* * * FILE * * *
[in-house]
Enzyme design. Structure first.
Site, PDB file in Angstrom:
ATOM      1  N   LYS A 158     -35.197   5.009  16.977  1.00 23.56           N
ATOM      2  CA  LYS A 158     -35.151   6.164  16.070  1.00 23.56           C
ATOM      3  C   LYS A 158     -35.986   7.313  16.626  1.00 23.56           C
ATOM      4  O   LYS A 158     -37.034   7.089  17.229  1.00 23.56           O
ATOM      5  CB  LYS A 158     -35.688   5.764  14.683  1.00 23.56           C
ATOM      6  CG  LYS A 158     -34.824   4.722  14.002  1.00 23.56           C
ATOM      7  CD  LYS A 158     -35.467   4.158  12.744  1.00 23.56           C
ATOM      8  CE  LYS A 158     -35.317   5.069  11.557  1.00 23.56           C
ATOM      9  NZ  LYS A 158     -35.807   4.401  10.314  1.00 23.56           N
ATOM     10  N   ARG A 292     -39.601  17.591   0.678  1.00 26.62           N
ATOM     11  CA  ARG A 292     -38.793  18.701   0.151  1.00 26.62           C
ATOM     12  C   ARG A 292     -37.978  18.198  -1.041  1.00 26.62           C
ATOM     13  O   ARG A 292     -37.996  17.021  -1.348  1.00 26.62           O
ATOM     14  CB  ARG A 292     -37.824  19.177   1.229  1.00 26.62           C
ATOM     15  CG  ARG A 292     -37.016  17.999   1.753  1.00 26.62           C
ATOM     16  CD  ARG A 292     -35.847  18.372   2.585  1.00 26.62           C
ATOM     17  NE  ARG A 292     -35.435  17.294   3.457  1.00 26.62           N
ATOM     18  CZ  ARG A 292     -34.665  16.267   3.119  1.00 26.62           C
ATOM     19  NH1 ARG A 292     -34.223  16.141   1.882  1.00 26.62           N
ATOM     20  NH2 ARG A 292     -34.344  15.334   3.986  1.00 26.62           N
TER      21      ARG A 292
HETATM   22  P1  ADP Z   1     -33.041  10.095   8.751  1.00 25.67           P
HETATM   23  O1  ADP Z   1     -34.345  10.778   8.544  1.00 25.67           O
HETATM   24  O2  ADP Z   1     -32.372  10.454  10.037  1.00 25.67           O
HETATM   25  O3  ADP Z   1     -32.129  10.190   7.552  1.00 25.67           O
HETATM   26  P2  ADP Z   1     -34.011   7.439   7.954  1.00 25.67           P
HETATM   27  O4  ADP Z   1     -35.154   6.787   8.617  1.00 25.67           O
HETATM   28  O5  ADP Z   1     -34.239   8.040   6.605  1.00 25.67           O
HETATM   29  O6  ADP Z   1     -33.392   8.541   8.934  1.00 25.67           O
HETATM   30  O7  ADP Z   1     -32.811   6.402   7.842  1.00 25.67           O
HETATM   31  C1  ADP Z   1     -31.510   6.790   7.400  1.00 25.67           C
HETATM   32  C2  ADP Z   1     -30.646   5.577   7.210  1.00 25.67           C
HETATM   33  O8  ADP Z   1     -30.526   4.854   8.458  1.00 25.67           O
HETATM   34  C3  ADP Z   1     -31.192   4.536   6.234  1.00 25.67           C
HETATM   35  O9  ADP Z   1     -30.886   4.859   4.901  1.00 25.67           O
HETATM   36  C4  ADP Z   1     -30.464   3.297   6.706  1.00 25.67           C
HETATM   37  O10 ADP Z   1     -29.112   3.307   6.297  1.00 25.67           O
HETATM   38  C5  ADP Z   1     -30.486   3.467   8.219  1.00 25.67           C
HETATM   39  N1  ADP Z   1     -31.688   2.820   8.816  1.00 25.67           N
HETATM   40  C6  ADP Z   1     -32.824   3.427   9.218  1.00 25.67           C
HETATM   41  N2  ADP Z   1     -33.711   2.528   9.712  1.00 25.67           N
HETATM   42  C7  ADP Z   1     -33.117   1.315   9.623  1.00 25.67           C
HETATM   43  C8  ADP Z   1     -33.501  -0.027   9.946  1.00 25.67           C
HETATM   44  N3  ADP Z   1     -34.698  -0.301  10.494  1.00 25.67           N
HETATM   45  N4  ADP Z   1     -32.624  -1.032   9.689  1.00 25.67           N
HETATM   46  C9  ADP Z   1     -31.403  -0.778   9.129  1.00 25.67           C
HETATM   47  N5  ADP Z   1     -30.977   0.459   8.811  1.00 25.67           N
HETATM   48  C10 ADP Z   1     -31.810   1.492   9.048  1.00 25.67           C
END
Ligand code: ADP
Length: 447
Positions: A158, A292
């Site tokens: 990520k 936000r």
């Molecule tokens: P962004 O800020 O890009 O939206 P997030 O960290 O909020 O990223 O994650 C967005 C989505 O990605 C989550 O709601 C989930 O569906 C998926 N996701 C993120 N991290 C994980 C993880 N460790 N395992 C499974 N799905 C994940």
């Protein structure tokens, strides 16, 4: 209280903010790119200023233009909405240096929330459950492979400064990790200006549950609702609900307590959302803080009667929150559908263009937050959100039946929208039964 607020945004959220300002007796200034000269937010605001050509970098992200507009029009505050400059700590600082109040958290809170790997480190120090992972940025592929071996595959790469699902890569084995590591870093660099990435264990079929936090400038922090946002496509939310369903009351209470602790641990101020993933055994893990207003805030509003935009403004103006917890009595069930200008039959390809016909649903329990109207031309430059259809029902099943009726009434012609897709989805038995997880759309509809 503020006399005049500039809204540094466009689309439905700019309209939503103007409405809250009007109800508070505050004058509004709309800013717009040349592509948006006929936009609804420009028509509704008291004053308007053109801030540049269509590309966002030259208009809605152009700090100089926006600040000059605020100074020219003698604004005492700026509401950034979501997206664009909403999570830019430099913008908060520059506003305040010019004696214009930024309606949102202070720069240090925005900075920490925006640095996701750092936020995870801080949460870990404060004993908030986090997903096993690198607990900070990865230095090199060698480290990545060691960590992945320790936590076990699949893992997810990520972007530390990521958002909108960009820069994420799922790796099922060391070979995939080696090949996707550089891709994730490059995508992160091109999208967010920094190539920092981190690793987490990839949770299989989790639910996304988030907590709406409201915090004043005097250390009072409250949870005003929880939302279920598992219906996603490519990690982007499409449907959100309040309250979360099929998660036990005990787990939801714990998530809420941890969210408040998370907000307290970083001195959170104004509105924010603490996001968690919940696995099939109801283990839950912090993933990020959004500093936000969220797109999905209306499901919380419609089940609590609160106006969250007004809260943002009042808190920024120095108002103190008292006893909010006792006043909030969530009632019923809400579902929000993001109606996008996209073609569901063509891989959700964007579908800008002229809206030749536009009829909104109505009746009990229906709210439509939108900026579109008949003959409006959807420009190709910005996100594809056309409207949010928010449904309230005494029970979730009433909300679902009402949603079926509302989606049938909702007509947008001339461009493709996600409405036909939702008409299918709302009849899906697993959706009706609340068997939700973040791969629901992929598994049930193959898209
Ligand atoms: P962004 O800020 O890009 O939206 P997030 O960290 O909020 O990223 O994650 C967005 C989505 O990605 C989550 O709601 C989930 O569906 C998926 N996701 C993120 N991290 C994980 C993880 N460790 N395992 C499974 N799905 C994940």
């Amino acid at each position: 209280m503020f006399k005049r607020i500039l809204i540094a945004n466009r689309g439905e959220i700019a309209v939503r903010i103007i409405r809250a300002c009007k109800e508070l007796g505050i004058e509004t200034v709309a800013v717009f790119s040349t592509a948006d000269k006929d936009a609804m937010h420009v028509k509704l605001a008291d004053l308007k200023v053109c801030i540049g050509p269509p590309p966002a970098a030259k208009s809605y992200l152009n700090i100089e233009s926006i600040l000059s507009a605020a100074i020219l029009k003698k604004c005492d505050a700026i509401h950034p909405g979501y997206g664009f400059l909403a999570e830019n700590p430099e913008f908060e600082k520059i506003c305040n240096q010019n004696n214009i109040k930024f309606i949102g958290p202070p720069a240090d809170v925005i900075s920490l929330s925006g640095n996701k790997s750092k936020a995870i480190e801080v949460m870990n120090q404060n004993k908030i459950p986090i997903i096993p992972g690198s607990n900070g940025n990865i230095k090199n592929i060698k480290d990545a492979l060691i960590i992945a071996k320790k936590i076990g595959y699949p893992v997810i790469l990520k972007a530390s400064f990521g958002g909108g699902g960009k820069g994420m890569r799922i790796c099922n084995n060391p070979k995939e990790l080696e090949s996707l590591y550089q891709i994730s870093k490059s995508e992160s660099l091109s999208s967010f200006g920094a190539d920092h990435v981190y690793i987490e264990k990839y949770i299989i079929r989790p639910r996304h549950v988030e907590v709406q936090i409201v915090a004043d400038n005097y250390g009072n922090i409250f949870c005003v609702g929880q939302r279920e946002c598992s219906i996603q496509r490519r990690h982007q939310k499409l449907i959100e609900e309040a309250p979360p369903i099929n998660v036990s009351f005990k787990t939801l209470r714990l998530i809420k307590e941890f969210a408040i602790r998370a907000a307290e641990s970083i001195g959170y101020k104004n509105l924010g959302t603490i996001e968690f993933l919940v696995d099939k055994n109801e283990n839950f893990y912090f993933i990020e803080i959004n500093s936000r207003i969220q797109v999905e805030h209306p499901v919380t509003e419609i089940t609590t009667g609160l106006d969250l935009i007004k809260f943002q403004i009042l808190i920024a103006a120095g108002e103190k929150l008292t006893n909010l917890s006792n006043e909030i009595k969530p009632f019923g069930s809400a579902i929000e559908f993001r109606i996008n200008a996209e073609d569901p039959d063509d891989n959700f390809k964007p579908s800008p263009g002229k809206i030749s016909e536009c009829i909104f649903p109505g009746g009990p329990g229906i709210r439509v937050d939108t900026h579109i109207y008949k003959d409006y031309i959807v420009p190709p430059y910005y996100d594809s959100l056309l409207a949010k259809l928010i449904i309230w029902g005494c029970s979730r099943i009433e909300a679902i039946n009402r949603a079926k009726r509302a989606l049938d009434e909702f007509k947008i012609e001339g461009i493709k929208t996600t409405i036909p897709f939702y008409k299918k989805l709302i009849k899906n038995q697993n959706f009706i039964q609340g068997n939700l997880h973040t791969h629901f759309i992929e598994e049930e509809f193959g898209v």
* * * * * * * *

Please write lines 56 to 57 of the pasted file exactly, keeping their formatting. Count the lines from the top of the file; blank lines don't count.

């Site tokens: 990520k 936000r």
């Molecule tokens: P962004 O800020 O890009 O939206 P997030 O960290 O909020 O990223 O994650 C967005 C989505 O990605 C989550 O709601 C989930 O569906 C998926 N996701 C993120 N991290 C994980 C993880 N460790 N395992 C499974 N799905 C994940």